In the U.S., 6.7% of all light duty vehicles sold in 2022 were electric vehicles.
Costs are cheapest when installing an EV charging station during renovation or construction of a new building or parking lot.
More EV charging stations are needed to meet anticipated demand.
In 2022, 918,464 plug-in electric vehicles (EV) were sold in the U.S., 6.7% of all light duty vehicle sales (ANL 2022). This is a 45% increase over EV sales in 2021. The federal government and automakers have aimed for EVs to make up 50% of vehicle sales by 2030 (US 2022).
About 36% of Americans plan to buy an EV for their next vehicle (Bartlett 2022). The primary barrier for those not planning to buy an EV is concerns about EV charging. The average range for EVs in 2020 was 260 miles (DOE 2021).
EV Charging Stations. There are three types of EV charging ports (Table 1). Level 1, level 2, and DC fast charge (DCFC) charging ports charge EVs about 5, 25, and over 200 miles of range per hour, respectively (Brown 2022).
There are currently 50,133 public charging stations in the U.S. and 128,924 individual public charging ports (DOE 1 n.d.).
Typical EV charging station locations include homes; tourist destinations; businesses such as hotels, grocery stores, and restaurants; transportation facilities, including airports and park-and-rides; and community sites such as libraries, schools, business districts, and curbside parking spaces.
Two analyses have estimated future EV charging station needs and their results differ based on assumptions of future EV sales (Woods 2017; McKenzie 2021). The U.S. has met from 17%-41% of level 2 charger needs and 11%-100% of DCFC charger needs. However, 61% of all DCFC ports in the U.S. are on the Tesla network and only accessible to Teslas (DOE 1 n.d.).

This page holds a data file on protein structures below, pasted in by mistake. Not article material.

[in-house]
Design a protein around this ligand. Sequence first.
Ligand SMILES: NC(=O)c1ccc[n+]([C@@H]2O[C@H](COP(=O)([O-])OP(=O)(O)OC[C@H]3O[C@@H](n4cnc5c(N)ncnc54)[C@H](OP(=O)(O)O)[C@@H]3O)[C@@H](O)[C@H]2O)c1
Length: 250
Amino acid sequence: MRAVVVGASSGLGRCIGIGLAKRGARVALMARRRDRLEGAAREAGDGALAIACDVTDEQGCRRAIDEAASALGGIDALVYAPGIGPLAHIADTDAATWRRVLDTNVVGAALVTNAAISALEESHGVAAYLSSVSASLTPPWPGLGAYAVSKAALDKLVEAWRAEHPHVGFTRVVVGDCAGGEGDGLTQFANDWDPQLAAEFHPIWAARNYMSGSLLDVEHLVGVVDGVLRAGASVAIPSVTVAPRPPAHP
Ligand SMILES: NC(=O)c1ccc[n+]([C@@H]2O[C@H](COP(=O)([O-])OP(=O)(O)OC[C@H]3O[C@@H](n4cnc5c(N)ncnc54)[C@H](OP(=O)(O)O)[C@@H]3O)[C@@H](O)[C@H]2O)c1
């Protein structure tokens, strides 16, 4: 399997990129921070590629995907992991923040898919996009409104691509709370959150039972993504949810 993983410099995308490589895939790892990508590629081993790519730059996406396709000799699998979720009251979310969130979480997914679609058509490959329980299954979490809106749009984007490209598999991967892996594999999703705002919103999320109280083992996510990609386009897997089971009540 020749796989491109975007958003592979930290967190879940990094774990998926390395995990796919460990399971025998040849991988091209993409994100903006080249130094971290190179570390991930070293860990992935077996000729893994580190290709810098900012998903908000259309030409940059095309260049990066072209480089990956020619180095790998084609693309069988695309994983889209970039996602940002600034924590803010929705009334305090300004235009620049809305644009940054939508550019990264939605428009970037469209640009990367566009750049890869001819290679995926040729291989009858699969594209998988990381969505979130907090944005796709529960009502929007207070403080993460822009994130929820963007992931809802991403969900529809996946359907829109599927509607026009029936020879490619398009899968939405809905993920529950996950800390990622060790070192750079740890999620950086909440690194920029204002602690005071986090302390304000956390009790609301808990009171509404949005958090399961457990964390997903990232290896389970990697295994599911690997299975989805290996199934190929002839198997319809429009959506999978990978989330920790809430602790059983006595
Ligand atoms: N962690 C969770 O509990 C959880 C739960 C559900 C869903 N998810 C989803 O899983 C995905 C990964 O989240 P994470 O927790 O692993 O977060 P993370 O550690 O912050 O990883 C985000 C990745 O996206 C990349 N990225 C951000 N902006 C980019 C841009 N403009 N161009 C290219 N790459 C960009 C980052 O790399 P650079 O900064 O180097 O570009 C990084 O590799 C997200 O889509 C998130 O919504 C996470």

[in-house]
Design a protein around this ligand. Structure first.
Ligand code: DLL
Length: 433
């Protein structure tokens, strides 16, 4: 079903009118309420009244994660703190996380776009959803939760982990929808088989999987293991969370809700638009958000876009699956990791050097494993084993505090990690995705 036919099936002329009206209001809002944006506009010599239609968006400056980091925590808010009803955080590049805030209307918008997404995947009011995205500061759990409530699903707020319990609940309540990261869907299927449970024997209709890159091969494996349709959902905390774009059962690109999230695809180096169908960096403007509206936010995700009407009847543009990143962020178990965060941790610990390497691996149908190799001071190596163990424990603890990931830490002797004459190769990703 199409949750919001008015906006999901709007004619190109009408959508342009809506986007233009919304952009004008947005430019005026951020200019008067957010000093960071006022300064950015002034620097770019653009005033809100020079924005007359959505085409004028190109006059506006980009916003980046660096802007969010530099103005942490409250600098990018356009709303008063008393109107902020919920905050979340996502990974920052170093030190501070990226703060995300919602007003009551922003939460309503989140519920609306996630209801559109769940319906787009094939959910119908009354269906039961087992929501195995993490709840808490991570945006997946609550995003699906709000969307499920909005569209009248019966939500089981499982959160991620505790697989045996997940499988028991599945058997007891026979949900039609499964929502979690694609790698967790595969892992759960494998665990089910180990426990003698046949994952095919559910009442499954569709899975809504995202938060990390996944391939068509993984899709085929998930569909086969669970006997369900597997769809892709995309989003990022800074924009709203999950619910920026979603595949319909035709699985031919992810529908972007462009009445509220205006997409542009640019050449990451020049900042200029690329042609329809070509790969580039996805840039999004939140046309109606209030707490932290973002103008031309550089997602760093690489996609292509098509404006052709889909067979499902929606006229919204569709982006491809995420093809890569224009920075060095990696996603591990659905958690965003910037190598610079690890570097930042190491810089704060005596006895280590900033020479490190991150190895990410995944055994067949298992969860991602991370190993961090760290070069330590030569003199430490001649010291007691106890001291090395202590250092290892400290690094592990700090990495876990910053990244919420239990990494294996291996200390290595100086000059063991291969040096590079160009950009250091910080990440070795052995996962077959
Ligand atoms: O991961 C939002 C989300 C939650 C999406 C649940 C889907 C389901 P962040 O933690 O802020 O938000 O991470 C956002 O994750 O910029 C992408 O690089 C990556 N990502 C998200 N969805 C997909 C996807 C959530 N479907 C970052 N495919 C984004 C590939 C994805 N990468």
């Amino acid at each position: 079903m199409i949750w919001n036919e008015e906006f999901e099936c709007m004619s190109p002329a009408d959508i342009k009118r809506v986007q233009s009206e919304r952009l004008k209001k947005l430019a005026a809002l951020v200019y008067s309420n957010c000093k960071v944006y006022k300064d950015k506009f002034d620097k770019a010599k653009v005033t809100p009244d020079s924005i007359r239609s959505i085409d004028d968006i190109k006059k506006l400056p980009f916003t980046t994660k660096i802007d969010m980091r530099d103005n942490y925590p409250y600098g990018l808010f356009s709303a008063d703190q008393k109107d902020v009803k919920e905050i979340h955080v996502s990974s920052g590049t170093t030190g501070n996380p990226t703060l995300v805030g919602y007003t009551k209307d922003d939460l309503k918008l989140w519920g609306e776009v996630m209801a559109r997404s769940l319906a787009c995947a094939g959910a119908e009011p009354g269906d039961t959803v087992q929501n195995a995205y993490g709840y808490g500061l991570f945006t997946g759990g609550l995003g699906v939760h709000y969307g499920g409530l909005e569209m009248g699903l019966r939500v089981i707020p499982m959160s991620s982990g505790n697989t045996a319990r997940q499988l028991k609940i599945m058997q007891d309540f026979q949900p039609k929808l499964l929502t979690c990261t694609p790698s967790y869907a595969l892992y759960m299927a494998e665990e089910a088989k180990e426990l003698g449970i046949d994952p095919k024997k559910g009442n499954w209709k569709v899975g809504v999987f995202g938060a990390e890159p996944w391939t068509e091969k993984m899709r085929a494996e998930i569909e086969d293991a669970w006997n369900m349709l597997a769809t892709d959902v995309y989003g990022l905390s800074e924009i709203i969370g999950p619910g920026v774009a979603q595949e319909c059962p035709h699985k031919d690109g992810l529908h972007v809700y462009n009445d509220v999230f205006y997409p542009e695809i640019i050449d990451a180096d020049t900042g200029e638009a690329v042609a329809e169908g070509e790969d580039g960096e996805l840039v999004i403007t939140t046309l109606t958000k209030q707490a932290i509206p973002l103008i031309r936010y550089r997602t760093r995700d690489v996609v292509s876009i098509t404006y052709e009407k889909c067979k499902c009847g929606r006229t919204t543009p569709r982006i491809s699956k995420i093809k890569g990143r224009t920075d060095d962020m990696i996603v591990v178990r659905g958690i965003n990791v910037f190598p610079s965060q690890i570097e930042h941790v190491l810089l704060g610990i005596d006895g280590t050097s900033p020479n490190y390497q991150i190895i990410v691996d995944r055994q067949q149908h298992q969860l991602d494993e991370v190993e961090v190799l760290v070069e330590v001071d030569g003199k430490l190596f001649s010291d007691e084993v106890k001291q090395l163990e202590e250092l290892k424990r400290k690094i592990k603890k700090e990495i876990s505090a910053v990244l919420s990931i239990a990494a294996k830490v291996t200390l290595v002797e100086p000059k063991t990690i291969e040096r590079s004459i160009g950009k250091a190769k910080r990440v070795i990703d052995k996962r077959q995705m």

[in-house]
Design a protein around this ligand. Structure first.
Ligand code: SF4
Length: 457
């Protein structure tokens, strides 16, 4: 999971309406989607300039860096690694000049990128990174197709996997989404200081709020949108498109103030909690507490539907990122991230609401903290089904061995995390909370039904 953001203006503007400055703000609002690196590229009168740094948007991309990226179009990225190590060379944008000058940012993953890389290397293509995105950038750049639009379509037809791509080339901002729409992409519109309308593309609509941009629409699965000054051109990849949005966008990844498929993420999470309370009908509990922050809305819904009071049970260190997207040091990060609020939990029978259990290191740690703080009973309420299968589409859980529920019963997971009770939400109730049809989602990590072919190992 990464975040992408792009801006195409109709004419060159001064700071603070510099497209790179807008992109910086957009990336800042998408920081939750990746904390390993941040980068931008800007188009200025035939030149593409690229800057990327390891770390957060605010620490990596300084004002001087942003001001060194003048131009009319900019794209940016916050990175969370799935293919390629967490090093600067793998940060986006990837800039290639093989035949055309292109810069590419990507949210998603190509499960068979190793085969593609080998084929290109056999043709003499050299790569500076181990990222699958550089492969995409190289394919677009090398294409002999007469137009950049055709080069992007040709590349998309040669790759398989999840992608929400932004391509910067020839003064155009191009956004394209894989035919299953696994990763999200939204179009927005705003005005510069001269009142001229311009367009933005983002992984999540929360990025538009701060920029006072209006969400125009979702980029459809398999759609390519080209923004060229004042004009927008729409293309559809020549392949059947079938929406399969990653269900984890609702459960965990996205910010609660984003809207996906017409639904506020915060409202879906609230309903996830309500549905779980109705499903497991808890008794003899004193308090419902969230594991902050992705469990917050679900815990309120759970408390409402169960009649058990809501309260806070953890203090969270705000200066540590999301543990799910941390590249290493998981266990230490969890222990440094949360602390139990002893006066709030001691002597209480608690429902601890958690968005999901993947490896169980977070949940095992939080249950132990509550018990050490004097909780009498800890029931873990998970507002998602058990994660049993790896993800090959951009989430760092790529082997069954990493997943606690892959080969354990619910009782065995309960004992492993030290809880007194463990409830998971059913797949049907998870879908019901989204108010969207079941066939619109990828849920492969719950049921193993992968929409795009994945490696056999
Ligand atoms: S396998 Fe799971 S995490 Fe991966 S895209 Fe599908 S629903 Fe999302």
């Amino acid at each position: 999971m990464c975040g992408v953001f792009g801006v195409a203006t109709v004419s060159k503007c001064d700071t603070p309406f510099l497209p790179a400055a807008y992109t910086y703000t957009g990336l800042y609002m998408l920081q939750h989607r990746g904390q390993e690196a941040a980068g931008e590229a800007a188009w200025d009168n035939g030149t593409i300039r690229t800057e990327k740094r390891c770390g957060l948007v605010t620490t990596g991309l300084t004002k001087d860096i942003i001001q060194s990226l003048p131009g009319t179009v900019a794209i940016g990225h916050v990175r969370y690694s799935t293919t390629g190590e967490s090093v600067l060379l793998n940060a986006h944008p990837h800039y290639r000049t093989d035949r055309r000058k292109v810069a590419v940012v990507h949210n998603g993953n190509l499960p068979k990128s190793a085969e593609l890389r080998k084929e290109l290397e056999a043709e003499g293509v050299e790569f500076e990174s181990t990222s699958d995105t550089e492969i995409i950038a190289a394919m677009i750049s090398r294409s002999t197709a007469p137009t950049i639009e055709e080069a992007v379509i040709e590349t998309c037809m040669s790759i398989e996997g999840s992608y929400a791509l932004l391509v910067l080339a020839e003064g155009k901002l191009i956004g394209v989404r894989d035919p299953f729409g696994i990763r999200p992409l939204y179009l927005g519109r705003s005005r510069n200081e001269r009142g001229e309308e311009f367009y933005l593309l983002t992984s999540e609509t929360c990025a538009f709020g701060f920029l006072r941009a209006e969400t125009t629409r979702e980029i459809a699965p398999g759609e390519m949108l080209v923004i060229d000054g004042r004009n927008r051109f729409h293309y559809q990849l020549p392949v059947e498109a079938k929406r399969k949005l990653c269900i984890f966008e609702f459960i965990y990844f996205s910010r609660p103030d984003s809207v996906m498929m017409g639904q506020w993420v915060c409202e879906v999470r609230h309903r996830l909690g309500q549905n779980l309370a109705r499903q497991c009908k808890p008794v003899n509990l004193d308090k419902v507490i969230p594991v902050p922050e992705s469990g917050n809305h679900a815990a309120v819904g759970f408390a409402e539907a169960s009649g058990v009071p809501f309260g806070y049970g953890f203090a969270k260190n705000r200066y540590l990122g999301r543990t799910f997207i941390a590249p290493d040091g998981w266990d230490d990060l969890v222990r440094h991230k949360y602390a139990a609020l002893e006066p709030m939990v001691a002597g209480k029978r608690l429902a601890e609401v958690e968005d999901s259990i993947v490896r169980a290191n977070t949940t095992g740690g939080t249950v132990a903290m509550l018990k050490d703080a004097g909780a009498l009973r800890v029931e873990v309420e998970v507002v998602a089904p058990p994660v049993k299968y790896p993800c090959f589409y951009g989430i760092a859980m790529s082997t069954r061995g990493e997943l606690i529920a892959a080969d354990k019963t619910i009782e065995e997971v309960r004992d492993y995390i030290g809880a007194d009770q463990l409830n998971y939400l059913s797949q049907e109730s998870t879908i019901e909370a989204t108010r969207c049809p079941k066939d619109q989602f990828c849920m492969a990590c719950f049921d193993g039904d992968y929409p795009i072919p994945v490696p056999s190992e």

The Bipartisan Infrastructure Law established the National Electric Vehicle Infrastructure Formula Program (NEVI) to provide $7.5 billion to states to build a network of 500,000 EV charging stations around the nation. The Missouri Department of Transportation already has a plan approved through NEVI and plans to open requests for proposals in 2024.
Charging station costs depend on several factors including the power it delivers; type of charger; the number of charging ports; and the presence of communication, data collection, and billing features (Table 1; Smith 2015).
Installation costs can vary greatly (Table 1). Some factors that can increase installation costs include laying or connecting electric supply conduits, upgrading the electrical capacity to run the charging stations, and meeting Americans with Disabilities Act requirements (Smith 2015).